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Collective failure
U.N. special envoy to Syria Lakhdar Brahimi gestures as  he leaves the Elysee Palace after a meeting with French President Francois Hollande, Monday Aug. 20, 2012. (AP/Photo/Michel Euler)
U.N. special envoy to Syria Lakhdar Brahimi gestures as he leaves the Elysee Palace after a meeting with French President Francois Hollande, Monday Aug. 20, 2012. (AP/Photo/Michel Euler)
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Lakhdar Brahimi, the new U.N. envoy to Syria, has been busy making the rounds of TV studios, responding to the usual slew of questions about his imminent foray into the world of high-stakes diplomacy.

However, Brahimi’s mission appears to be in tatters before it has even taken off. If members of the Security Council and the rest of the international community truly intend to invest time following up Brahimi’s efforts in the coming weeks and months, they should consider calling off the entire exercise.

Syria’s information minister restated Monday what everyone already knows. The Syrian regime has no intention of doing anything until a simple condition is met: The “foreign conspiracy” must be brought to an end, because – in the eyes of Damascus – it is the only relevant aspect of the unrest that has gripped the country over the last 17 months. According to Omran Zoubi, who held a news conference to expound on his government’s views, “nothing” is really happening in Syria, because the media has blown things out of proportion.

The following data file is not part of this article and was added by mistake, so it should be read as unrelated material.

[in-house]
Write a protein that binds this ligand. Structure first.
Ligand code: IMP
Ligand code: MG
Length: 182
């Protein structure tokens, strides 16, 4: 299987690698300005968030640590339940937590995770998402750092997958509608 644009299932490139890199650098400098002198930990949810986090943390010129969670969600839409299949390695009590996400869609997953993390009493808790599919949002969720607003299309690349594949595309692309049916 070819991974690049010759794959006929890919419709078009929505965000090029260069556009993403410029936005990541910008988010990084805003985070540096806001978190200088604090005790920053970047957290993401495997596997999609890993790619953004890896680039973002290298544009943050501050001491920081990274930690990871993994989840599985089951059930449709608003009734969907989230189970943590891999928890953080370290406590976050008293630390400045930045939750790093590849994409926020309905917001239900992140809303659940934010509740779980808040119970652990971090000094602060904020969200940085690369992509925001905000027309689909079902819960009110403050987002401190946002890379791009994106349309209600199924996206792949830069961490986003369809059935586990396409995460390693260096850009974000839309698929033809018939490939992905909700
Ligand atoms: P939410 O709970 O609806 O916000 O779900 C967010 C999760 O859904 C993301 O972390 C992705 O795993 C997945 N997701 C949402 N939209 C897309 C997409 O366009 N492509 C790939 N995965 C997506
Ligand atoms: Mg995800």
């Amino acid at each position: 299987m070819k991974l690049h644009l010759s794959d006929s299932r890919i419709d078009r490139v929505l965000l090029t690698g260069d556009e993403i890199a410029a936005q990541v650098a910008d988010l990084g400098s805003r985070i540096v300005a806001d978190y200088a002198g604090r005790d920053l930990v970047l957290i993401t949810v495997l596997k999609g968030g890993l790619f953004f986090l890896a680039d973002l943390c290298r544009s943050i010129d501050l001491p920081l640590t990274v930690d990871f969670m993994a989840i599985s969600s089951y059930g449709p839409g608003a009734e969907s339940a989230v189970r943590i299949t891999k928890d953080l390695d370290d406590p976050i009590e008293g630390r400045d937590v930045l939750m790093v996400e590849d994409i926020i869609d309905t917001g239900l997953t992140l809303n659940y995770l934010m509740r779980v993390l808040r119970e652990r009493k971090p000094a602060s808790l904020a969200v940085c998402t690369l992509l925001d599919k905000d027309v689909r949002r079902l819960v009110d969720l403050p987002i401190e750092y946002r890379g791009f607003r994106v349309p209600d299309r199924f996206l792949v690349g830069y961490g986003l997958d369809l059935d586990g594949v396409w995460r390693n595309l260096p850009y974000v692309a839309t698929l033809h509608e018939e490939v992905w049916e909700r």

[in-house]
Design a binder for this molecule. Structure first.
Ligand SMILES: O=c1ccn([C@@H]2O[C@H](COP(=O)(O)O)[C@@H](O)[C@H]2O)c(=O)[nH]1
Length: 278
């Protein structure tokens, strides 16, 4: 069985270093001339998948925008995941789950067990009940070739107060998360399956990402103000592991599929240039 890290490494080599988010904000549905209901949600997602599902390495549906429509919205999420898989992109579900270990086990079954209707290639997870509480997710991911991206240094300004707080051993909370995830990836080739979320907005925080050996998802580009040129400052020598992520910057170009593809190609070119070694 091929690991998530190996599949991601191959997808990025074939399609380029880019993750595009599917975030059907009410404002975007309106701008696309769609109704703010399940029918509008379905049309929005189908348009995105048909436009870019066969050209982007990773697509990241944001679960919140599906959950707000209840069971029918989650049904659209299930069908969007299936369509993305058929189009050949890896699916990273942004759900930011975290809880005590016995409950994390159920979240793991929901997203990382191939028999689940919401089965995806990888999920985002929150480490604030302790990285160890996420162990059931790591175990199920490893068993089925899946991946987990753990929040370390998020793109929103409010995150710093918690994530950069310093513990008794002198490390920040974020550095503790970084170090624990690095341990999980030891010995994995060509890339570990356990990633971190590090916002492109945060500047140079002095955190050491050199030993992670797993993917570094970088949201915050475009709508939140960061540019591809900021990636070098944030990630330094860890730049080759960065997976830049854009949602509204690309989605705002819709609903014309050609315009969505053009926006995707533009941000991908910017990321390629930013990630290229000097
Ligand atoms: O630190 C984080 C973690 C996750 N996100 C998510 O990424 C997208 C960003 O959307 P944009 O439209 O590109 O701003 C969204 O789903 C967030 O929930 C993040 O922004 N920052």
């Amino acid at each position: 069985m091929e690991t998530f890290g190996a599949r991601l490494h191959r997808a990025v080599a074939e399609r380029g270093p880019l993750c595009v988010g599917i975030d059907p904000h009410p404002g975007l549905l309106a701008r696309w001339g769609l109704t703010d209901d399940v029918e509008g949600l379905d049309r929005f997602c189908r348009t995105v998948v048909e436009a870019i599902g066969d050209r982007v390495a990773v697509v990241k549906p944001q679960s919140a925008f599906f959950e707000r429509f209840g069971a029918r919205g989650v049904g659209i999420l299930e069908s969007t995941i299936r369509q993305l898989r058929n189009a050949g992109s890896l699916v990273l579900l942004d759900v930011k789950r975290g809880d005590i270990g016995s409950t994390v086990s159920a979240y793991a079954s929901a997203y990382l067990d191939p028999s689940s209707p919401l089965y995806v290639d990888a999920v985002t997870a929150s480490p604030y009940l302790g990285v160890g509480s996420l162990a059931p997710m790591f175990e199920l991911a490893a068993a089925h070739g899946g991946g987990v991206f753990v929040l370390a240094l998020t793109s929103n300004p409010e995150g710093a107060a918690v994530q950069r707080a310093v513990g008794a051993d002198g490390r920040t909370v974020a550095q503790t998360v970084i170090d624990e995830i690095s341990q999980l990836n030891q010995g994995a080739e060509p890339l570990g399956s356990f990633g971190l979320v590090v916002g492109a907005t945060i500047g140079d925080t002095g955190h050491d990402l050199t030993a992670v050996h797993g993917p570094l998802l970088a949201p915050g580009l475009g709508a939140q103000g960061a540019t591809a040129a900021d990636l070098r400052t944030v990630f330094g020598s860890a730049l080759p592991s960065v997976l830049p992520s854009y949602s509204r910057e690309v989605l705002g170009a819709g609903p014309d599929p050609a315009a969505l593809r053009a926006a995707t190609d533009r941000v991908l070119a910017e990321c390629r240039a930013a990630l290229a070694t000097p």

Meanwhile, the Syrian opposition, both inside and outside the country, have stated firmly that they have no interest in Brahimi’s mission, and absolutely no readiness to sit down and talk things over with members of a regime that has systematically engaged in destruction in nearly every major town and city in the country.

These opposition groups have pointed out, time and time again, that the death toll and destruction rose steadily as the last envoy, Kofi Annan, held his series of meetings with officials in Syria and elsewhere. If Brahimi is interested, he could peruse YouTube and read all of the handmade signs held by Syrian protesters who detailed the depressing rise in casualties during Annan’s tenure as a “peacemaker.”

Under these conditions, it is simply impossible to believe that there is any hope for a political solution to the conflict. These days, the rebels of the Free Syrian Army are locked into their rhetoric that the world has abandoned them. They highlight every incident in which they are able to capture or purchase weapons and other military equipment from Syrian government forces, to argue their case that they are not waiting for outside assistance.

The regime, meanwhile, is locked into its stance that its national sovereignty should be respected, even though it shows little respect for the sovereignty and borders of its own neighbors.

Meanwhile, members of the international community appear to be satisfied with assigning blame for the Security Council’s failure to act, while setting “red lines” on matters such as the use of chemical weapons.

Brahimi is now spending his time searching for multiple ways to express the idea of “difficult,” and when his tenure ends, commentators will be searching for multiple ways to express the idea of “utter failure.”

 
A version of this article appeared in the print edition of The Daily Star on September 04, 2012, on page 7.
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